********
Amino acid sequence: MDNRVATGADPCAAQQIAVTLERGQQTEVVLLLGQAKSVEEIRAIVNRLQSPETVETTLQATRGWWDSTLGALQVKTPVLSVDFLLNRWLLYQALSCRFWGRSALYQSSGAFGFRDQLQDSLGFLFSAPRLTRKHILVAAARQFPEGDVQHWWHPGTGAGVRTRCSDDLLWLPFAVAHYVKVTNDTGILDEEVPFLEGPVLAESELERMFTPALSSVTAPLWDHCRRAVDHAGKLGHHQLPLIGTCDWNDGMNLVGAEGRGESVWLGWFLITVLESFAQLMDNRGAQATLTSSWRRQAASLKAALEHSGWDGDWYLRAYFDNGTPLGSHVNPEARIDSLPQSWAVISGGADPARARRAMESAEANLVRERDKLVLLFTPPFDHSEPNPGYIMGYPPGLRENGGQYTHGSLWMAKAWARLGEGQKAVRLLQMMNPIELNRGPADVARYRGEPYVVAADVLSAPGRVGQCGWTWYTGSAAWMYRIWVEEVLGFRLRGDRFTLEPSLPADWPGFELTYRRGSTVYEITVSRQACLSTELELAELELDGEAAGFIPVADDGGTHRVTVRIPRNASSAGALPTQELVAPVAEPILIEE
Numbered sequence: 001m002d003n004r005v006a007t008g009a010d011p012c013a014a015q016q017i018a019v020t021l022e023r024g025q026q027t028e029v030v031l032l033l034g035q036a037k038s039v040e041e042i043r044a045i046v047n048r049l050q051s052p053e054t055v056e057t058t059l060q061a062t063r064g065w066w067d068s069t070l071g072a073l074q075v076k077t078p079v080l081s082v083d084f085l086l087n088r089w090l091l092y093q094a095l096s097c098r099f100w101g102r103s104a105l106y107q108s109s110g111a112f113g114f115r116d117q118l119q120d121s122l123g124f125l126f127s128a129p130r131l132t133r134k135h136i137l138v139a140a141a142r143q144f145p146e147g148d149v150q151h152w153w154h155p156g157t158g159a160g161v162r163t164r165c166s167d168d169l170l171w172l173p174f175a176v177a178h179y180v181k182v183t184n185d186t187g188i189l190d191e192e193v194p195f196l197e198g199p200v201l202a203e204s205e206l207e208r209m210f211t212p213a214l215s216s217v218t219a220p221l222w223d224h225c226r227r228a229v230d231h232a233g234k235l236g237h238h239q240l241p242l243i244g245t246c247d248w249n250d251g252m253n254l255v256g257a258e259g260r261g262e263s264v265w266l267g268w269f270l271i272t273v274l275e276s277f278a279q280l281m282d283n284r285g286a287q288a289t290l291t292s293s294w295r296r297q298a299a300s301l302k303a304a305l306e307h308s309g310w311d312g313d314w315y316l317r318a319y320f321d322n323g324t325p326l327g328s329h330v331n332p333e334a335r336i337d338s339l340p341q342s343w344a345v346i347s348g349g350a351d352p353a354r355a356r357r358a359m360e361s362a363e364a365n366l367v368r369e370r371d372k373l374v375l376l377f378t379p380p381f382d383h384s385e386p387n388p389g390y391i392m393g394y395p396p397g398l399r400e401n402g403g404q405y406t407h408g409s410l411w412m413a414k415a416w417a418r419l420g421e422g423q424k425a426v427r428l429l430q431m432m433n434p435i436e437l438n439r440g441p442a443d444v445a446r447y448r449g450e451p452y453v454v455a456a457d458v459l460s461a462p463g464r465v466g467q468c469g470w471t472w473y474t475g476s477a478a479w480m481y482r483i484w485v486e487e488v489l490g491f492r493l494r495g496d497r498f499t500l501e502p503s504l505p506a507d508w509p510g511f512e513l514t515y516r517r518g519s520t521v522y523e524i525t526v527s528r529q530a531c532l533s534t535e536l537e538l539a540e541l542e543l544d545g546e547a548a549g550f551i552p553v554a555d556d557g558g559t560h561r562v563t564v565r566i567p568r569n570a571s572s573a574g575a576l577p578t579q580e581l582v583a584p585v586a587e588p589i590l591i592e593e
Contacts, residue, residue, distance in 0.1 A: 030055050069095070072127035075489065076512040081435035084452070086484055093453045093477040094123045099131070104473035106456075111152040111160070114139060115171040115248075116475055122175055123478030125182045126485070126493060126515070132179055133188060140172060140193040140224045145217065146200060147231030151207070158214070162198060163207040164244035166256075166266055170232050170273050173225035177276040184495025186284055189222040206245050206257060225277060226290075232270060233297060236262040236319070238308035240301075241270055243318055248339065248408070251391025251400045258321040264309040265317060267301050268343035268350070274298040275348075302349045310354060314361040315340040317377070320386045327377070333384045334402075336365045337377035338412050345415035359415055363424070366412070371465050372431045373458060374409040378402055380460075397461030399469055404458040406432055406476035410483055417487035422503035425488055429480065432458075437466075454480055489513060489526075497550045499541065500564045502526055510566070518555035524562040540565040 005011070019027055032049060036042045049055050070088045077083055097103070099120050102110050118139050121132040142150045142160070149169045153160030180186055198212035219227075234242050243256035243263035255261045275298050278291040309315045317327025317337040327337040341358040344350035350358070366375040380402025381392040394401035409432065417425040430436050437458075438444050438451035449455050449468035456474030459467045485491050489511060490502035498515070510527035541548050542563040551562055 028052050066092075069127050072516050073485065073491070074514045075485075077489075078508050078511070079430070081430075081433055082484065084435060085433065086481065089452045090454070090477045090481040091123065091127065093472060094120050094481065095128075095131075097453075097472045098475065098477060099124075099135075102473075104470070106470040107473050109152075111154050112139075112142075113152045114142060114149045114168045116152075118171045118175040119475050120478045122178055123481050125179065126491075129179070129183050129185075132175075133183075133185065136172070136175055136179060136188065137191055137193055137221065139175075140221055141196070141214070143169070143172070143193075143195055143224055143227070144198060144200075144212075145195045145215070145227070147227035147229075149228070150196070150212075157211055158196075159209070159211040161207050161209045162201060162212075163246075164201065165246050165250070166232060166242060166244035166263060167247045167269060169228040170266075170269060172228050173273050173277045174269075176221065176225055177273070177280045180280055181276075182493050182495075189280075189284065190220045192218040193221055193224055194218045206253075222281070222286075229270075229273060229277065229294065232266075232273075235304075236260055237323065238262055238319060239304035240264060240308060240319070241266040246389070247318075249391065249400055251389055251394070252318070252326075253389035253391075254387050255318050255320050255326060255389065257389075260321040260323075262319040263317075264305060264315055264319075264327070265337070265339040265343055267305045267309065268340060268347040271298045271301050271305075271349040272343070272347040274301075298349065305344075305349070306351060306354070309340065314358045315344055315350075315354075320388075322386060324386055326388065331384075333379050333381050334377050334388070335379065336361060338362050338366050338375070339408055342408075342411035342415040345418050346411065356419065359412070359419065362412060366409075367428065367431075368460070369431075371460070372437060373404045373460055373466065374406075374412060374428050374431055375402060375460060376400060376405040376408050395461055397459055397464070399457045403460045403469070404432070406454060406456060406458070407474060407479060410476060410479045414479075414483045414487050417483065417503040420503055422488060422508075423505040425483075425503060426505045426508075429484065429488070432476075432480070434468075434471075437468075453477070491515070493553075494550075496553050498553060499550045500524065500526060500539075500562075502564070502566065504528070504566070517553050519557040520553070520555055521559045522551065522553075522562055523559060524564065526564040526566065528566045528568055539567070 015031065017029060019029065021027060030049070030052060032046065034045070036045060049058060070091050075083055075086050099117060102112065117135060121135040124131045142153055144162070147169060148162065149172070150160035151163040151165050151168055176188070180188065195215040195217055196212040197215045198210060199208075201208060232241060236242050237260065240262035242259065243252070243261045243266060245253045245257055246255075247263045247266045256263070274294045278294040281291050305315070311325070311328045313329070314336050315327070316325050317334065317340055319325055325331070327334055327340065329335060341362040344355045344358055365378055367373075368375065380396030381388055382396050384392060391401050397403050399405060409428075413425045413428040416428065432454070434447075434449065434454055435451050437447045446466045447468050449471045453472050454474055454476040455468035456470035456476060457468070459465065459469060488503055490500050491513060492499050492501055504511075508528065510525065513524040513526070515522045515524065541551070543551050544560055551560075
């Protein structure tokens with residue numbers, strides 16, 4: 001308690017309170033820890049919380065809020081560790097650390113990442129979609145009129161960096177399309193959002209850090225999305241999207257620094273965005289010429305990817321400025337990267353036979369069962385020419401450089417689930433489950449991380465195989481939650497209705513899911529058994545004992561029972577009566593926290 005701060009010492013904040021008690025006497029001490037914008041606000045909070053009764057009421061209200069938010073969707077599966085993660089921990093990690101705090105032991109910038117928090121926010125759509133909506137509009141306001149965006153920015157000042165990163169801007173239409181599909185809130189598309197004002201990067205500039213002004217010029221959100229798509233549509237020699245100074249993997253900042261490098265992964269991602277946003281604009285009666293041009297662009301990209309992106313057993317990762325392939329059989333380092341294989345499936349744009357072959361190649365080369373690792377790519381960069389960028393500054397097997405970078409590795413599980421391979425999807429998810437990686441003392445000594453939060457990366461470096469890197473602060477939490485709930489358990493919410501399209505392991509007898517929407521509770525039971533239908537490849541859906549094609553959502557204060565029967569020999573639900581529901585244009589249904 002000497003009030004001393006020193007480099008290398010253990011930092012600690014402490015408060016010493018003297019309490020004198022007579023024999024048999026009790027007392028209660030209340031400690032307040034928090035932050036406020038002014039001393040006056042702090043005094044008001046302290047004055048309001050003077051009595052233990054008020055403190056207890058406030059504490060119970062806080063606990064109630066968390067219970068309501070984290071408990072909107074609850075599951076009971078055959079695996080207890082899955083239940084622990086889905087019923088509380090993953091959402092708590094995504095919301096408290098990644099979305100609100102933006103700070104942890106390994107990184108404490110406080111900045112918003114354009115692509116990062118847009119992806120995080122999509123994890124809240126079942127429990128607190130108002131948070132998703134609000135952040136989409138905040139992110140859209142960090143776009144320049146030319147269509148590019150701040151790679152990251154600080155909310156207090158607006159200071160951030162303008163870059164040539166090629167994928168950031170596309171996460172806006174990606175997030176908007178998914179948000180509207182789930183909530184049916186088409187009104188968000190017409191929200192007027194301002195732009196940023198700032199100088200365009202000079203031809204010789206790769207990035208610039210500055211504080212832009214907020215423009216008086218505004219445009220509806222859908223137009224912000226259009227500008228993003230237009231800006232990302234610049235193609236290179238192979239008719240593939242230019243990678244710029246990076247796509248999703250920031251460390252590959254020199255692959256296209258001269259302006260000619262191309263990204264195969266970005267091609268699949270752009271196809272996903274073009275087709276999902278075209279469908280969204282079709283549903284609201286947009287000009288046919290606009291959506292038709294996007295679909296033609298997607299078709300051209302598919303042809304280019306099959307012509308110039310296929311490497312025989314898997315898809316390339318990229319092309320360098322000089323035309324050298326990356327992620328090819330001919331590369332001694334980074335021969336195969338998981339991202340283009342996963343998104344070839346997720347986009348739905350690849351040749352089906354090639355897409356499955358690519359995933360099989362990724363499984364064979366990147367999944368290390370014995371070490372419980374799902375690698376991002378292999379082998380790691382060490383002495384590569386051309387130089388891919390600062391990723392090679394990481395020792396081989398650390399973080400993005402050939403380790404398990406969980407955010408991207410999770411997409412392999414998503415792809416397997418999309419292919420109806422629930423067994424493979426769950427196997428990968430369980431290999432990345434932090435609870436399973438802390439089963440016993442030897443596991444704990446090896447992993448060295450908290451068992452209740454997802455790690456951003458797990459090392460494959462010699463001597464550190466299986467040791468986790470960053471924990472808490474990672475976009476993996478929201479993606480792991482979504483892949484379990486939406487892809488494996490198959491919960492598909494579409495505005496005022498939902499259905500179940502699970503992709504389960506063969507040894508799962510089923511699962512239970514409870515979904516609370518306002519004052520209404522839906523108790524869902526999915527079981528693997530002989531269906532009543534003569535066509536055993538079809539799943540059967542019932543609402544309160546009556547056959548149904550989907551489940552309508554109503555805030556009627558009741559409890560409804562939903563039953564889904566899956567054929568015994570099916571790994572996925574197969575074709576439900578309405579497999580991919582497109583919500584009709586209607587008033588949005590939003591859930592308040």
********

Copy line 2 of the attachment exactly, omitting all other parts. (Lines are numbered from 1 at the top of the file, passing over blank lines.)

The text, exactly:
Numbered sequence: 001m002d003n004r005v006a007t008g009a010d011p012c013a014a015q016q017i018a019v020t021l022e023r024g025q026q027t028e029v030v031l032l033l034g035q036a037k038s039v040e041e042i043r044a045i046v047n048r049l050q051s052p053e054t055v056e057t058t059l060q061a062t063r064g065w066w067d068s069t070l071g072a073l074q075v076k077t078p079v080l081s082v083d084f085l086l087n088r089w090l091l092y093q094a095l096s097c098r099f100w101g102r103s104a105l106y107q108s109s110g111a112f113g114f115r116d117q118l119q120d121s122l123g124f125l126f127s128a129p130r131l132t133r134k135h136i137l138v139a140a141a142r143q144f145p146e147g148d149v150q151h152w153w154h155p156g157t158g159a160g161v162r163t164r165c166s167d168d169l170l171w172l173p174f175a176v177a178h179y180v181k182v183t184n185d186t187g188i189l190d191e192e193v194p195f196l197e198g199p200v201l202a203e204s205e206l207e208r209m210f211t212p213a214l215s216s217v218t219a220p221l222w223d224h225c226r227r228a229v230d231h232a233g234k235l236g237h238h239q240l241p242l243i244g245t246c247d248w249n250d251g252m253n254l255v256g257a258e259g260r261g262e263s264v265w266l267g268w269f270l271i272t273v274l275e276s277f278a279q280l281m282d283n284r285g286a287q288a289t290l291t292s293s294w295r296r297q298a299a300s301l302k303a304a305l306e307h308s309g310w311d312g313d314w315y316l317r318a319y320f321d322n323g324t325p326l327g328s329h330v331n332p333e334a335r336i337d338s339l340p341q342s343w344a345v346i347s348g349g350a351d352p353a354r355a356r357r358a359m360e361s362a363e364a365n366l367v368r369e370r371d372k373l374v375l376l377f378t379p380p381f382d383h384s385e386p387n388p389g390y391i392m393g394y395p396p397g398l399r400e401n402g403g404q405y406t407h408g409s410l411w412m413a414k415a416w417a418r419l420g421e422g423q424k425a426v427r428l429l430q431m432m433n434p435i436e437l438n439r440g441p442a443d444v445a446r447y448r449g450e451p452y453v454v455a456a457d458v459l460s461a462p463g464r465v466g467q468c469g470w471t472w473y474t475g476s477a478a479w480m481y482r483i484w485v486e487e488v489l490g491f492r493l494r495g496d497r498f499t500l501e502p503s504l505p506a507d508w509p510g511f512e513l514t515y516r517r518g519s520t521v522y523e524i525t526v527s528r529q530a531c532l533s534t535e536l537e538l539a540e541l542e543l544d545g546e547a548a549g550f551i552p553v554a555d556d557g558g559t560h561r562v563t564v565r566i567p568r569n570a571s572s573a574g575a576l577p578t579q580e581l582v583a584p585v586a587e588p589i590l591i592e593e